Race and Gender: An optional conversation for feminists?

By Joanna Shenk

Joanna Shenk is co-coordinator of the Women in Leadership Project, as well as communication coordinator and interchurch relations associate for Mennonite Church USA

First, I realize that many Mennonites have been skeptical of the feminist movement in previous generations and even today. Although I identify as a feminist I donot believe that the movement, and even the definition of the term, are without problems. I think at times the movement has been an excuse to demonize men rather than think about the ways men are also diminished by sexism. I think the term “feminist” has also been a source of division among women who are committed to gender justice, but can’t see past their own blind spots due to race, class and other privileges. I think that feminism, in its truest form means working for the transformation of any situation where people are kept from being their authentic, God-given selves.

And that’s why I find bell hooks’ writing so riveting on the topic. For anyone who is interested in learning about feminism, she is a must-read, beginning with Ain’t I A Woman: black women and feminism (South End Press, 1981). Since this publication bell hooks (who intentionally uses lower case letters in her name) has gone on to write 30 books, including her most recent Teaching Critical Thinking: Practical Wisdom (Routledge, 2010). She is an educator, poet, cultural critic and currently, Distinguished Professor in Appalachian Studies at Berea College in Kentucky.

Given the focus of this blog, I will focus on her thoughts in Ain’t I A Woman, now a feminist classic.

In Ain’t I A Woman, a book of analysis and story, she claims a definition of feminism that frees it from the narrow purview of white, middle-class, educated women. At the same time she does not discount the experiences of these women (a group of which I am a part). Rather she challenges me and others to live up to the title feminist. She writes, “…feminism is not simply a struggle to end male chauvinism or a movement to ensure women will have equal rights with men; it is a commitment to eradicating the ideology of domination that permeates Western culture on various levels–sex, race, and class, to name a few–and a commitment to reorganizing U.S. society so that the self-development of people can take precedence over imperialism, economic expansion, and material desires.”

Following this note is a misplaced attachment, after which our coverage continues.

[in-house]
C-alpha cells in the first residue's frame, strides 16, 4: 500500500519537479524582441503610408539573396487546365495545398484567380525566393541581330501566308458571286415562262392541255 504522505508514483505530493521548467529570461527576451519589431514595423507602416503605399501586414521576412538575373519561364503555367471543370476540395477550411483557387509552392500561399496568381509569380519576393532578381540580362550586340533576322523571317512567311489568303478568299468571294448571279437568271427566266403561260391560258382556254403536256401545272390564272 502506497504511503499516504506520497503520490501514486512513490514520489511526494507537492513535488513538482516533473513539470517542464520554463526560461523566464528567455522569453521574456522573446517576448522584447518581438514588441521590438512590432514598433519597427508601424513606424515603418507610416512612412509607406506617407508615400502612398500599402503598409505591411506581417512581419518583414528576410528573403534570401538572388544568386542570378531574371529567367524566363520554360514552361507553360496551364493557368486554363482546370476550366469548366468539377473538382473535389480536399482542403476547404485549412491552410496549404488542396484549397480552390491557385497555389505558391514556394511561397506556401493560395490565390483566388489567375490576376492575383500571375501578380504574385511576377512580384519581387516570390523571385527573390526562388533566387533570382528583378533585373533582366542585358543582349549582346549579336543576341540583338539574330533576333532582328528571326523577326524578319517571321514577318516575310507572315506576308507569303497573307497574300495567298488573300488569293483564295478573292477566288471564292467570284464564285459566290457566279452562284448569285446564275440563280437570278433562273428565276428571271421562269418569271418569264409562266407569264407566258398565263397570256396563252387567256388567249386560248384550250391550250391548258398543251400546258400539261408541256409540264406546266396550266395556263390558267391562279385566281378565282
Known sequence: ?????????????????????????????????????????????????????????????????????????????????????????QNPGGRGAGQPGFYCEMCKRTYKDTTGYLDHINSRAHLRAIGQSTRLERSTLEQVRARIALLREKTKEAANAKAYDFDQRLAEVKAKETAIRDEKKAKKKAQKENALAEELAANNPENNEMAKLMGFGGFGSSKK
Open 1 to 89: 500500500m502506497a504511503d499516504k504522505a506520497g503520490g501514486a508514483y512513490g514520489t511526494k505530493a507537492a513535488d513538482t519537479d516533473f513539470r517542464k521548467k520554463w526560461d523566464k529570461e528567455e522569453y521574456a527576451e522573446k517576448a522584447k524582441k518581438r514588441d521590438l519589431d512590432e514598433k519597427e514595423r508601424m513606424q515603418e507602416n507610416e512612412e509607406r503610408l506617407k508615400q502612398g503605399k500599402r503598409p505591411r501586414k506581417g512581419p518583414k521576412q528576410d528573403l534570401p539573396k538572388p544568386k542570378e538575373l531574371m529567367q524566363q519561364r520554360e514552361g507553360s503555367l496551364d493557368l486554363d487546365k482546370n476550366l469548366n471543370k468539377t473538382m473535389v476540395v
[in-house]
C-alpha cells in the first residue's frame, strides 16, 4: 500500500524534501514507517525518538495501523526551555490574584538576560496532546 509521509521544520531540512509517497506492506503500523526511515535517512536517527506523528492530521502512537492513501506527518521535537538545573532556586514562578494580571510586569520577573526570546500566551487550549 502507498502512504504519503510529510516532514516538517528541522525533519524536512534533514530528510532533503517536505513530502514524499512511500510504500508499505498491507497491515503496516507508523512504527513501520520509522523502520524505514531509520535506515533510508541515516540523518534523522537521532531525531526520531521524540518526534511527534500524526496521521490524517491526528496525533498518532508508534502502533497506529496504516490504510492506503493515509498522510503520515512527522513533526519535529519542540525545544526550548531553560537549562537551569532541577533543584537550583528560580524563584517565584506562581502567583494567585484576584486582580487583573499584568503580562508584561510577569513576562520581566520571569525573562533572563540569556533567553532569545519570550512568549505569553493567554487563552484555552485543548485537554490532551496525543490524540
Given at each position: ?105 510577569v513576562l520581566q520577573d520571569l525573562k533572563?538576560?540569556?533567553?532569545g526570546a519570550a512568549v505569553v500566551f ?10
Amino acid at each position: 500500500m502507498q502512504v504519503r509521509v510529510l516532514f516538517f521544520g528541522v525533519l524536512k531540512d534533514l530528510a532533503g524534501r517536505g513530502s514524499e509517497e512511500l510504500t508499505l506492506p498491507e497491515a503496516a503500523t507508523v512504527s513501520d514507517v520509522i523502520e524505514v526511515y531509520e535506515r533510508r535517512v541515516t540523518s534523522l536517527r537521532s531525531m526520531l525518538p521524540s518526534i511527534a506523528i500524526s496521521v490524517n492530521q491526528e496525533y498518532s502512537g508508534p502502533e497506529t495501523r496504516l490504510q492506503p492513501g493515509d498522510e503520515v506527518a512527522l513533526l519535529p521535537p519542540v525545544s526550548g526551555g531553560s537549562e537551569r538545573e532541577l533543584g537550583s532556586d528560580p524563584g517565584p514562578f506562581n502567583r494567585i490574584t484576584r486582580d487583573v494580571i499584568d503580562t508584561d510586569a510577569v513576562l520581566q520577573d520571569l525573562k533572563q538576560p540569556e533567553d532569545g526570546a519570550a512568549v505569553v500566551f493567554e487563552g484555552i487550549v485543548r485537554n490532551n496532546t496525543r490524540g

Throughout Ain’t I A Woman she explicitly names the reasons why black women particularly have been reticent to join the feminist movement, led by white, middle-class women. Her analysis is foundational for those seeking to understanding the history and current shape of feminism in Western culture.

Beginning with the black female slave experience, she vividly outlines the oppressive treatment of black women by white women who were set on upholding the power of white men. These accounts are astoundingly traumatic as they recount a perverse reality that continues to shape the Western psyche.

Then hooks goes on to highlight the work of black women in the 19th century who called for feminism to encompass the liberation of all who are oppressed. In 1892 Anna Cooper, a black woman advocate for social equality voiced her definition of feminism. “The colored woman feels that woman’s cause is one and universal; and that not till the image of God whether in parian or ebony, is sacred and inviolable; not till race, color, sex, and condition are seen as accidents, and not the substance of life… not till then the woman’s cause won–not the white woman’s, nor the black woman’s, nor the red woman’s, but the cause of every man and of every woman who has writhed silently under a might wrong. Woman’s wrongs are thus indissolubly linked with all undefended woe…” (193)

Had white women at that time been able to see past their racism, the feminist movement could have become a transformative force in society, reaching beyond white women’s concerns to the concerns of all who are oppressed. Instead black women were barred from participation with white women and hence began their own groups, and opposed using the term “feminism” due to its association with white women. The legacy of this divide continues today.

“Oftentimes I am asked by black women,” hooks writes, “to explain why I would call myself a feminist and by using that term ally myself with a movement that is racist. I say, ‘The question we must ask again and again is how can racist women call themselves feminists.’”

This is a powerful challenge that reaches even beyond the term “feminist” into any group that is working for transformation across historic divides. How often have I as a white woman forgotten to recognize race as inextricably linked to the work for gender justice? It’s easy for me to think of myself as only a woman working on “women’s issues”, whereas women of color cannot separate gender from race in their lived experience.

It is my hope that we can continue to wrestle with these realities, in this conversation space, and also in our congregations. Our history in the United States divides us for many reasons, but with the Holy Spirit’s guidance division does not need to be our future. As we continue to work as women and men in Mennonite Church USA for healing and justice, may we carry on the vision that bell hooks articulates—feminism that cares for the liberation of all who are oppressed.

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One thought on “Race and Gender: An optional conversation for feminists?

  1. Wish my father had lived to see this one ~ M. Morrow-Farrell, Philadelphia, PA.

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